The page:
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Long-term effectiveness of Self-Help Plus in refugees and asylum seekers resettled in Western Europe: 12-month outcomes of a randomised controlled trial

Turrini, G., Purgato, M., Tedeschi, F. , Acarturk, C., Anttila, M., Au, T., Carswell, K., Churchill, R., Cuijpers, P., Friedrich, F., Gastaldon, C., Klein, T., Kosters, M., Lantta, T., Nose, M., Ostuzzi, G., Papola, D., Popa, M., Sijbrandij, M., Tarsitani, L., Todini, L., Uygun, E., Valimaki, M., Walker, L. ORCID: 0000-0003-2459-7860, Wancata, J., White, R. G., Zanini, E., van Ommeren, M. & Barbui, C. (2022). Long-term effectiveness of Self-Help Plus in refugees and asylum seekers resettled in Western Europe: 12-month outcomes of a randomised controlled trial. Epidemiology and Psychiatric Sciences, 31, article number e39. doi: 10.1017/s2045796022000269


As refugees and asylum seekers are at high risk of developing mental disorders, we assessed the effectiveness of Self-Help Plus (SH + ), a psychological intervention developed by the World Health Organization, in reducing the risk of developing any mental disorders at 12-month follow-up in refugees and asylum seekers resettled in Western Europe.

Refugees and asylum seekers with psychological distress (General Health Questionnaire-12 ⩾ 3) but without a mental disorder according to the Mini International Neuropsychiatric Interview (M.I.N.I.) were randomised to either SH + or enhanced treatment as usual (ETAU). The frequency of mental disorders at 12 months was measured with the M.I.N.I., while secondary outcomes included self-identified problems, psychological symptoms and other outcomes.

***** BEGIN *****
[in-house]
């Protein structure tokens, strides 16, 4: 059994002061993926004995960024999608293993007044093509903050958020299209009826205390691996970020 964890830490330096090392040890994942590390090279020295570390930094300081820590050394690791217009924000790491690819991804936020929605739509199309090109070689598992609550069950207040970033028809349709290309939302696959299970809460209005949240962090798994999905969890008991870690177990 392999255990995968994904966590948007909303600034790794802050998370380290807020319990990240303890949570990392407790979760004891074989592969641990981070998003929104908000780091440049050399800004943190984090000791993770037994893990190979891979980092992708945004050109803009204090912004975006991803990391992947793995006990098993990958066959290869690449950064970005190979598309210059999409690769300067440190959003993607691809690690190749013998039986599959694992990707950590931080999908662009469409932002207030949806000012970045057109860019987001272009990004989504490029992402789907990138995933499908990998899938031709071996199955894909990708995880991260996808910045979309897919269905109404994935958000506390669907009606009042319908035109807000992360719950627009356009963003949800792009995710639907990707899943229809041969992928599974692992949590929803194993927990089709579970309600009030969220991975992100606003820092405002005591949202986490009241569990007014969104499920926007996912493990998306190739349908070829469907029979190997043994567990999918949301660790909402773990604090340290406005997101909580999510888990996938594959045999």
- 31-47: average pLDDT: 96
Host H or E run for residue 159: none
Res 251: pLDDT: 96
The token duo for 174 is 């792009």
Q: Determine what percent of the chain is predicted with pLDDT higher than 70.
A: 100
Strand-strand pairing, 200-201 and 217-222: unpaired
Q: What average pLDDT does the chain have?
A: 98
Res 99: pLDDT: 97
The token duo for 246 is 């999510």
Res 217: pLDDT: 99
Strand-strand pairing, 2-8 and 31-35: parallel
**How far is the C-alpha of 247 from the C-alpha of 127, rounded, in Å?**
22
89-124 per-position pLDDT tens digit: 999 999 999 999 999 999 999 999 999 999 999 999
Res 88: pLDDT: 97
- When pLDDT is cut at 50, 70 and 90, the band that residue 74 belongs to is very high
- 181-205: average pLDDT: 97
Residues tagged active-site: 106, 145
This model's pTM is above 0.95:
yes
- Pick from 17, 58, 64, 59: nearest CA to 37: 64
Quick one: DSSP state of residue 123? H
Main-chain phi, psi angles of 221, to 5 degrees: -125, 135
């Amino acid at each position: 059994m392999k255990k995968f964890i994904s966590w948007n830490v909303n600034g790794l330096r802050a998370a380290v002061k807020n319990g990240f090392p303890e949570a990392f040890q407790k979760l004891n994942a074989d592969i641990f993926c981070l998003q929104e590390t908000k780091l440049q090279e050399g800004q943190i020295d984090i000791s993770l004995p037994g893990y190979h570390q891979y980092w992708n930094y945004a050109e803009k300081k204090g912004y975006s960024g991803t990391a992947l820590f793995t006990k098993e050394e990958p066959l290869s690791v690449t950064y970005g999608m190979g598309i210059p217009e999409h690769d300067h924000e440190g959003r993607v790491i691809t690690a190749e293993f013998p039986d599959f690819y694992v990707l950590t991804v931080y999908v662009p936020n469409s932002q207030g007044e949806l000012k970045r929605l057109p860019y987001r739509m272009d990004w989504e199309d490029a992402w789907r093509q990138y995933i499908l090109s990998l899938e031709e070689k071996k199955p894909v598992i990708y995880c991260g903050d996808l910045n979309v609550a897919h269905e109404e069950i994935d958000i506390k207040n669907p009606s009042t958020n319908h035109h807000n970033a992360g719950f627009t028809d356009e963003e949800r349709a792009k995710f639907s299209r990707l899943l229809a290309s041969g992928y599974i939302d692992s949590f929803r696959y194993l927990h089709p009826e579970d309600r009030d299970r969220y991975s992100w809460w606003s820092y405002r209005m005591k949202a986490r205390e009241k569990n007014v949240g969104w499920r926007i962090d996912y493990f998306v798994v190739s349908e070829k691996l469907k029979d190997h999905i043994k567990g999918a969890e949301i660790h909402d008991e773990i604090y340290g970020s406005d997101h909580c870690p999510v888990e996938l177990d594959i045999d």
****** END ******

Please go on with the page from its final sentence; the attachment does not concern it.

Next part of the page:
Of 459 participants randomly assigned to SH + or ETAU, 246 accepted to be interviewed at 12 months. No difference in the frequency of any mental disorders was found (relative risk [RR] = 0.841; 95% confidence interval [CI] 0.389–1.819; p-value = 0.659). In the per protocol (PP) population, that is in participants attending at least three group-based sessions, SH + almost halved the frequency of mental disorders at 12 months compared to ETAU, however so few participants and events contributed to this analysis that it yielded a non-significant result (RR = 0.528; 95% CI 0.180–1.544; p-value = 0.230). SH + was associated with improvements at 12 months in psychological distress (p-value = 0.004), depressive symptoms (p-value = 0.011) and wellbeing (p-value = 0.001).

The present study failed to show any long-term preventative effect of SH + in refugees and asylum seekers resettled in Western European countries. Analysis of the PP population and of secondary outcomes provided signals of a potential effect of SH + in the long-term, which would suggest the value of exploring the effects of booster sessions and strategies to increase SH + adherence.

Publication Type: Article
Additional Information: This is an Open Access article, distributed under the terms of the Creative Commons Attribution licence (, which permits unrestricted re-use, distribution and reproduction, provided the original article is properly cited. Copyright © The Author(s), 2022. Published by Cambridge University Press
Publisher Keywords: Prevention; psychosocial intervention; randomised controlled trial; refugees
Subjects: J Political Science > JV Colonies and colonization. Emigration and immigration. International migration
R Medicine > RA Public aspects of medicine > RA0421 Public health. Hygiene. Preventive Medicine
R Medicine > RC Internal medicine > RC0321 Neuroscience. Biological psychiatry. Neuropsychiatry
Departments: School of Health & Psychological Sciences > Nursing
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